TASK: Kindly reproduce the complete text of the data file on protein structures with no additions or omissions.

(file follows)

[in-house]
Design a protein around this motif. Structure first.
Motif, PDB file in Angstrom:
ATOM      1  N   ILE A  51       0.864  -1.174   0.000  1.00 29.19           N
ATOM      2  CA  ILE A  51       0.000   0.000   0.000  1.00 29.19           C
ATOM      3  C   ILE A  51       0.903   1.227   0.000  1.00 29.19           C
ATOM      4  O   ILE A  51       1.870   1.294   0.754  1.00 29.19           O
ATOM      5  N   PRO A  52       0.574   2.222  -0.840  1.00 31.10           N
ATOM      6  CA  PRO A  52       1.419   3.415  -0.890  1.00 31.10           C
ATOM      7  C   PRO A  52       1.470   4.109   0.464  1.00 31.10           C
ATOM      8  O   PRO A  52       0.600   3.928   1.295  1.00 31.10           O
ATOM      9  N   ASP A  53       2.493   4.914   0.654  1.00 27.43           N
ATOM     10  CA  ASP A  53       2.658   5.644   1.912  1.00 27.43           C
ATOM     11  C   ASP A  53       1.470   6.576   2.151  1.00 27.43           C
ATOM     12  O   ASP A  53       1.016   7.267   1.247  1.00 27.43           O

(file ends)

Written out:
[in-house]
Design a protein around this motif. Structure first.
Motif, PDB file in Angstrom:
ATOM      1  N   ILE A  51       0.864  -1.174   0.000  1.00 29.19           N
ATOM      2  CA  ILE A  51       0.000   0.000   0.000  1.00 29.19           C
ATOM      3  C   ILE A  51       0.903   1.227   0.000  1.00 29.19           C
ATOM      4  O   ILE A  51       1.870   1.294   0.754  1.00 29.19           O
ATOM      5  N   PRO A  52       0.574   2.222  -0.840  1.00 31.10           N
ATOM      6  CA  PRO A  52       1.419   3.415  -0.890  1.00 31.10           C
ATOM      7  C   PRO A  52       1.470   4.109   0.464  1.00 31.10           C
ATOM      8  O   PRO A  52       0.600   3.928   1.295  1.00 31.10           O
ATOM      9  N   ASP A  53       2.493   4.914   0.654  1.00 27.43           N
ATOM     10  CA  ASP A  53       2.658   5.644   1.912  1.00 27.43           C
ATOM     11  C   ASP A  53       1.470   6.576   2.151  1.00 27.43           C
ATOM     12  O   ASP A  53       1.016   7.267   1.247  1.00 27.43           O